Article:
The lectures will be organised as “TACK talks”, as discussions between the partners in a hybrid format, and streamed via YouTube on the TACK website. www.tacit-knowledge-architecture.com


Mondays All lectures start at 7pm

Angelika Schnell

31

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11 OCTOBER 2021 Lara Schrijver University Antwerp Tom Avermaete ETH Zurich NOVEMBER 2021 Klaske Havik TU Delft Janina Gosseye TU Delft JANUARY 2022 Tim Anstey Oslo School of Architecture Helena Mattsson KTH Stockholm Jennifer Mack KTH Stockholm MARCH 2022 Christoph Grafe Bergische Universität Wuppertal Peg Rawes Bartlett, UC London MAY 2022 Margitta Buchert Leibniz Universität Hannover Gennaro Postiglione Politecnico Milano Gaia Caramellino Politecnico Milano

1 The research project is an Innovative Training Network for doctoral students, as part of the Marie Sklodowska-Curie Actions of the European Framework Programme Horizon 2020. The research project has received funding since March 2020 and will run for three years. The project involves ten doctoral students at ten European universities, along with nine architecture firms, three cultural institutions, and an advisory board consisting of six renowned academics in the fields of architecture and urbanism.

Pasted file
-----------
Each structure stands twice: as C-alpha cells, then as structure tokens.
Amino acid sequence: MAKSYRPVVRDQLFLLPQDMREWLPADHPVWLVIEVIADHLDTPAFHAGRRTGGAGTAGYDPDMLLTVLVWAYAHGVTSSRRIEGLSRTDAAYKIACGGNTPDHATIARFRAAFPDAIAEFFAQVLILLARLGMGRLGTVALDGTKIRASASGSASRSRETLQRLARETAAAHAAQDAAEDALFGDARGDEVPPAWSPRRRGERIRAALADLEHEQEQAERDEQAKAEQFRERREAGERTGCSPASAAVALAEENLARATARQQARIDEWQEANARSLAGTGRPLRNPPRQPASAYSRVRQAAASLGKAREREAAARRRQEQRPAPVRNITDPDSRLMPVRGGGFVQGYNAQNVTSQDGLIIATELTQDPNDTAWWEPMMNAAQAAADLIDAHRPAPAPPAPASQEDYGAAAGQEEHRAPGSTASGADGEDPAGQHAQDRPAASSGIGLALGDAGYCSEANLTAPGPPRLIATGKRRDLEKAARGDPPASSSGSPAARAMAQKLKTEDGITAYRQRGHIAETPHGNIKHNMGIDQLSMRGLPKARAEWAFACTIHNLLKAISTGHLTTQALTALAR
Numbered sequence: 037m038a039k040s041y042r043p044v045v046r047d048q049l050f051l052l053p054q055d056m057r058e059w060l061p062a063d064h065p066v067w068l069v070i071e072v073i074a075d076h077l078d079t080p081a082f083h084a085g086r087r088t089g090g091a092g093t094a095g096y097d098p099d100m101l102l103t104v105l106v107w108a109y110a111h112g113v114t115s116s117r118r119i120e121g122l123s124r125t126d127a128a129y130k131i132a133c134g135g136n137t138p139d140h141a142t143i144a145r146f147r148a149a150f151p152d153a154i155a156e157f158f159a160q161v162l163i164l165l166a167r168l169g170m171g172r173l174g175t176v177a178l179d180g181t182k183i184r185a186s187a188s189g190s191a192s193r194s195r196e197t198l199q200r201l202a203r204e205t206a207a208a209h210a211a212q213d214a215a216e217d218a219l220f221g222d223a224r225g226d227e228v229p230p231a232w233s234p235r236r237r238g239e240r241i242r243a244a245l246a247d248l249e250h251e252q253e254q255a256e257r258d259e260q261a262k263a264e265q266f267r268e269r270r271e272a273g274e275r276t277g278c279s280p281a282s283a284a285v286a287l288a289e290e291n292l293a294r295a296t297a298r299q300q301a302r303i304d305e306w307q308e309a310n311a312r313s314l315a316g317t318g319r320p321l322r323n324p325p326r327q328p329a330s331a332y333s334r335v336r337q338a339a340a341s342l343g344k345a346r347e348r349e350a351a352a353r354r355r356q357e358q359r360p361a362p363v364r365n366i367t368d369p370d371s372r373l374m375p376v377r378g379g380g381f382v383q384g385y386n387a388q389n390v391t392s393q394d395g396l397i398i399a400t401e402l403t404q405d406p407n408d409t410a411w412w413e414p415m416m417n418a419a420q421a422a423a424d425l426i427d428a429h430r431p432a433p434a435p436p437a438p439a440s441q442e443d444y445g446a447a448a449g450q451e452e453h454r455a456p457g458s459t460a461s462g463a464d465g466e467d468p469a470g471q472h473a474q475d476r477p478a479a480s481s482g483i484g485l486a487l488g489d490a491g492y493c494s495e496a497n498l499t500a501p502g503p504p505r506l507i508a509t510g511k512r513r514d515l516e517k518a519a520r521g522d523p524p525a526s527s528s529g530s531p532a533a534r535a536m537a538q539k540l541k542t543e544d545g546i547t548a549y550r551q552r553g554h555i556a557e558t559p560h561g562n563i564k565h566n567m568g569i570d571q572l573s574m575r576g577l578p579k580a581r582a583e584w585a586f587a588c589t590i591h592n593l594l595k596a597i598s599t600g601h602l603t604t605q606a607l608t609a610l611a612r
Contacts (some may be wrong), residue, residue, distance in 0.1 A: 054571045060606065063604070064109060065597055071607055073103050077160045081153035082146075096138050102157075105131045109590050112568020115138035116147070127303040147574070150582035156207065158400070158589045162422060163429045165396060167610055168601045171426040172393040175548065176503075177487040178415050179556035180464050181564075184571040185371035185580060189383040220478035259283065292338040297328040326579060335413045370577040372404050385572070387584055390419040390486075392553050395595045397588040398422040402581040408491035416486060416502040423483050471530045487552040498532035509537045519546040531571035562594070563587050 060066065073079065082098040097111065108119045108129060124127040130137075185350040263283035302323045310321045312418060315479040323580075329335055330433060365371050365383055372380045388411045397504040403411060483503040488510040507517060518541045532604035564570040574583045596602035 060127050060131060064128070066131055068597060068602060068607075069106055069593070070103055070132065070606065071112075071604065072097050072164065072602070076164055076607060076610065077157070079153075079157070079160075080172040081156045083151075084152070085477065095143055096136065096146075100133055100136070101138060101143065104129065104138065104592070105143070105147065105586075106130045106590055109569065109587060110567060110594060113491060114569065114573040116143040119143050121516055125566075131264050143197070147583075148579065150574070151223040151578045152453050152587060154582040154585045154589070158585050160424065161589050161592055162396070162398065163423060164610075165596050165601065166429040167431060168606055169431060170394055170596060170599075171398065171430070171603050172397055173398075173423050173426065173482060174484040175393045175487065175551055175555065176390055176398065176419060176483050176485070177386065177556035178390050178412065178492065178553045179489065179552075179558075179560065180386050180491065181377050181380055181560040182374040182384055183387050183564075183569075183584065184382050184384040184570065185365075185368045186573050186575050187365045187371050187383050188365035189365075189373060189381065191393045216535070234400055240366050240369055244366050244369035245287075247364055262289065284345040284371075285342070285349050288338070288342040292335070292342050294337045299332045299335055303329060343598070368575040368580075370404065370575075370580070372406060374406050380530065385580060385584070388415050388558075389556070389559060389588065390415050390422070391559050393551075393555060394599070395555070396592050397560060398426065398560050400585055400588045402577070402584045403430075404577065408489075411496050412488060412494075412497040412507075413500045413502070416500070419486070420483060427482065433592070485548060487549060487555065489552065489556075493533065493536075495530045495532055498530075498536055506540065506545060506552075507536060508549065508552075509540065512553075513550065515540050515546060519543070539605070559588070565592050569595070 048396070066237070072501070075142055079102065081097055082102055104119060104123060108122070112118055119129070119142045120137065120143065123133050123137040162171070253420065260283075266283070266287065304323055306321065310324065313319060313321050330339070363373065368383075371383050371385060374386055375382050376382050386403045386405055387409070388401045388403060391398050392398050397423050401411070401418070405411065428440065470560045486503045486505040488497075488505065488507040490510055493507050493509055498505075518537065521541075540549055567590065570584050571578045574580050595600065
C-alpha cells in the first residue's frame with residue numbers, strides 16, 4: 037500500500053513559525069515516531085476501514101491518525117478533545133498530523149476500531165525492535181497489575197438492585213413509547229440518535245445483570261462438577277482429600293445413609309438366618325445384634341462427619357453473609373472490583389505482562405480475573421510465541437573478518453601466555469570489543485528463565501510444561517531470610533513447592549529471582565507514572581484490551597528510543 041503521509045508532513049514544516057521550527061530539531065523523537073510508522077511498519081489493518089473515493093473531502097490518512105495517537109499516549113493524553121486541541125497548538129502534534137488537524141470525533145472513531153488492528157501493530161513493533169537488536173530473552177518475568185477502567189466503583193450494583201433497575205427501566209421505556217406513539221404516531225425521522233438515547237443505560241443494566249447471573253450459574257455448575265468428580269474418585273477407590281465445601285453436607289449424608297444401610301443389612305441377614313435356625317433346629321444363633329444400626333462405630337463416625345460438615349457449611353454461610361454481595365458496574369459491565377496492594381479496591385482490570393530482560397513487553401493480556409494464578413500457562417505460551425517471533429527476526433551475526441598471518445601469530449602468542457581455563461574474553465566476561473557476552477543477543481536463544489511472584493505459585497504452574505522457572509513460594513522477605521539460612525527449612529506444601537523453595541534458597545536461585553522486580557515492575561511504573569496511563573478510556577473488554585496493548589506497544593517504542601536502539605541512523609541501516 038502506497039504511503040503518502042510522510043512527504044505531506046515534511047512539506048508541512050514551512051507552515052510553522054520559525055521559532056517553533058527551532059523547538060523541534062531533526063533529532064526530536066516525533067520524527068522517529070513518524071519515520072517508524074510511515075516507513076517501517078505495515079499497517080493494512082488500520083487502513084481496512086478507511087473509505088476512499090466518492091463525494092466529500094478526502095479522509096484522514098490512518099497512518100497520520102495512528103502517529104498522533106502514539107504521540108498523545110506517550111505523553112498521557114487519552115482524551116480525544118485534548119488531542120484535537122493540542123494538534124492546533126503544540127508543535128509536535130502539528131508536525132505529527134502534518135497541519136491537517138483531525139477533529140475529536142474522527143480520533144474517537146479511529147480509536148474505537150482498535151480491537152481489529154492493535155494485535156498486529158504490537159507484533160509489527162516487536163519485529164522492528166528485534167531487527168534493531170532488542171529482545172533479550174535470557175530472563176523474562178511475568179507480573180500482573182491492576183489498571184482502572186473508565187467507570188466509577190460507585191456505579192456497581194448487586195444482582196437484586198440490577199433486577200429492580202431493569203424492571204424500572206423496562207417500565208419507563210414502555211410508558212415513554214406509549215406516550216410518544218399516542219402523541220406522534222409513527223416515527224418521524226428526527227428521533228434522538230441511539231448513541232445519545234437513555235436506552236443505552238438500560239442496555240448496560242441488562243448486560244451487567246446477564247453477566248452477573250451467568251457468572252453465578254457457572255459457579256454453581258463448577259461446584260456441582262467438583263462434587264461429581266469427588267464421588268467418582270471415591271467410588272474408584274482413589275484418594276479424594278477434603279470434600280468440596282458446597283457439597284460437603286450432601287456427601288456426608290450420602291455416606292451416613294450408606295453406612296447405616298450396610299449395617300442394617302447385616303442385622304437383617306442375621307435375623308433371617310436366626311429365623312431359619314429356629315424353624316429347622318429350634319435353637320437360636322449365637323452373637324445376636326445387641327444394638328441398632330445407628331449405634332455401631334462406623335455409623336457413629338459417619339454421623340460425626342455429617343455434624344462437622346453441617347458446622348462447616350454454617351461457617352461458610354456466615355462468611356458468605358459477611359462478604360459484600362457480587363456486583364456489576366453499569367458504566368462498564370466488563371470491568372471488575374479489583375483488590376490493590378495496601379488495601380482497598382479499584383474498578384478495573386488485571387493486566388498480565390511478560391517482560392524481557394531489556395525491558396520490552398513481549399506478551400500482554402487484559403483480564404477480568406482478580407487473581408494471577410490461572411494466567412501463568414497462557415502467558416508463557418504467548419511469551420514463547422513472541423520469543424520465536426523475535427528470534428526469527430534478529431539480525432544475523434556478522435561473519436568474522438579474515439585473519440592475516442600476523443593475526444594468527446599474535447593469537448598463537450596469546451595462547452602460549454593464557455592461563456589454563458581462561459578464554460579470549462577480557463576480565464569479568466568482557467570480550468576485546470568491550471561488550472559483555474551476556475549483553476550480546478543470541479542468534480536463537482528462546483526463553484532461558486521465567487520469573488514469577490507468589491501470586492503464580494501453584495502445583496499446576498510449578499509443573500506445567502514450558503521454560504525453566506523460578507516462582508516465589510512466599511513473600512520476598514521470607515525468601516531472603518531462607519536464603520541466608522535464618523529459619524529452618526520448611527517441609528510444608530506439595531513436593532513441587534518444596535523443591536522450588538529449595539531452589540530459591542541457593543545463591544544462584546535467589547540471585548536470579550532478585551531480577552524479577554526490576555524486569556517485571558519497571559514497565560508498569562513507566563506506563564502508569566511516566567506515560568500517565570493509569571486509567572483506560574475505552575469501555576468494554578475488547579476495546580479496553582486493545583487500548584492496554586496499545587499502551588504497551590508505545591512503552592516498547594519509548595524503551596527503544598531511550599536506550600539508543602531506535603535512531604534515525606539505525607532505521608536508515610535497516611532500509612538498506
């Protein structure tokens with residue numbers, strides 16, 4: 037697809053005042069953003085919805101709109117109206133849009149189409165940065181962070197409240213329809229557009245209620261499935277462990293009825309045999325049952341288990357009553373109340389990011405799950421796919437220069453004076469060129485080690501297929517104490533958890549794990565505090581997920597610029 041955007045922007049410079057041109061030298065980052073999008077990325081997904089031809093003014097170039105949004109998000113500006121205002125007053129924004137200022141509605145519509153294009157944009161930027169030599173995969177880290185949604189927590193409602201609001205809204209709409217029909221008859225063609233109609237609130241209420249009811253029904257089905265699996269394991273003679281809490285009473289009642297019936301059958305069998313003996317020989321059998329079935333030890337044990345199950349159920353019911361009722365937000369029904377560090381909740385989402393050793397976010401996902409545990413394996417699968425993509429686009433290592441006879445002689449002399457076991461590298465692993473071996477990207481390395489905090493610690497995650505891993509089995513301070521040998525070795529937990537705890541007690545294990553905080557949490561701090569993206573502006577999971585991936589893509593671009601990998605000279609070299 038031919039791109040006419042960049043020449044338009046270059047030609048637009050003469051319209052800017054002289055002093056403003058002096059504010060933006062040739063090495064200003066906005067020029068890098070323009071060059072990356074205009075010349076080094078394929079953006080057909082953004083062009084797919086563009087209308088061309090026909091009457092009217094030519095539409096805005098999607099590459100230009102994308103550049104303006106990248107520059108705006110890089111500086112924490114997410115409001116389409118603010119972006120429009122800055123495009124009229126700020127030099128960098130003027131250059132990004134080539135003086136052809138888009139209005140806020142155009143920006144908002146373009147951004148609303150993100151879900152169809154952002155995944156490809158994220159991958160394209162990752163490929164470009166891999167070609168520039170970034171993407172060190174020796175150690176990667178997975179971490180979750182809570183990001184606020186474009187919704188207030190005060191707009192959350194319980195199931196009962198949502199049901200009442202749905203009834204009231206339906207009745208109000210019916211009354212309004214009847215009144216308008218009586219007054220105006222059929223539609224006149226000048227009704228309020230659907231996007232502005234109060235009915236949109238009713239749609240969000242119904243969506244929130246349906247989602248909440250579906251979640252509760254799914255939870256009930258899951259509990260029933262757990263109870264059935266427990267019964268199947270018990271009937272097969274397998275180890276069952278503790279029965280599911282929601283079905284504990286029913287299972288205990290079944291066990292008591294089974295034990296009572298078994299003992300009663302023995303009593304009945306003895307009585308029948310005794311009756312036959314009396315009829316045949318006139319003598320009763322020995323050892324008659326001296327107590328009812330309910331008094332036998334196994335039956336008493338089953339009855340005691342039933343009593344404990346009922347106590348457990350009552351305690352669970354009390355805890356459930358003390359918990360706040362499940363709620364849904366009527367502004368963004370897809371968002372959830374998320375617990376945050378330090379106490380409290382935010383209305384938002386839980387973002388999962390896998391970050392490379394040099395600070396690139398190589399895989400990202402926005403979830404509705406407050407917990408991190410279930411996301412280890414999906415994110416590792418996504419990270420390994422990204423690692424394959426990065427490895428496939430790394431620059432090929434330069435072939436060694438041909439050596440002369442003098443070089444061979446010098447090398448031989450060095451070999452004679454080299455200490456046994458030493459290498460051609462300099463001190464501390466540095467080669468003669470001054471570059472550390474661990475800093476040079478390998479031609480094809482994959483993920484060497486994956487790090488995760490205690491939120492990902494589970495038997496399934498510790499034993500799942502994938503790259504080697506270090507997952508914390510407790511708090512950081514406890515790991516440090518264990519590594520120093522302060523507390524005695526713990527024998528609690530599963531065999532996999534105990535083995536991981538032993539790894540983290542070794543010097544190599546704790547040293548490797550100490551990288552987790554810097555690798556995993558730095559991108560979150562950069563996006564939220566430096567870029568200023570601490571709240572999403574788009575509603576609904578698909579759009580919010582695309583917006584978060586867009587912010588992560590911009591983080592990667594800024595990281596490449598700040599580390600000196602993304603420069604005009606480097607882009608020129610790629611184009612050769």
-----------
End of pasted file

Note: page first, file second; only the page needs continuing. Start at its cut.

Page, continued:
This project has received funding from the European Union’s Horizon 2020 research and innovation programme under the Marie Skłodowska-Curie grant agreement No 860413


Kick-off / semester start

4

Diploma presentation Diploma presentation Diploma salon Midterm reviews Diploma 2/3 Final reviews Diploma presentation

11 October 8 November 8 November 15–16 November 6 December 17–18 January 19 January

LECTURE SERIES AND TACK TALKS

Lara Schrijver, Tom Avermaete Klaske Havik, Janina Gosseye Tim Anstey, Helena Mattsson, Jennifer Mack

11 October November January

EVENTS

Ernst A. Plischke Study Prize Carl Pruscha Michael Hirschbichler Rundgang

23 November 29 November December 20-23 Janurary

IKA W2021 CALENDAR

Academy of Fine Arts Vienna Schillerplatz 3, 1010 Vienna www.akbild.ac.at/ika arch@akbild.ac.at Office: Room 213, 2nd floor Gabriele Mayer +43 (1) 58816-5102 g.mayer@akbild.ac.at Ulrike Auer +43 (1) 58816-5101 u.auer@akbild.ac.at

October

Institute for Art and Architecture Academy of Fine Arts Vienna Winter 2021 ANALOGUE MODEL WORKSHOP General machine hours (380 Volt) Mon–Thu, 2pm–6pm For individual support, please contact: Günther Dreger g.dreger@akbild.ac.at Rüdiger Suppin r.suppin@akbild.ac.at

Chair / Deputies: Wolfgang Tschapeller, Lisa Schmidt-Colinet, Werner Skvara Editor: Linda Lackner Proofreading: Judith Wolfframm Design: grafisches Büro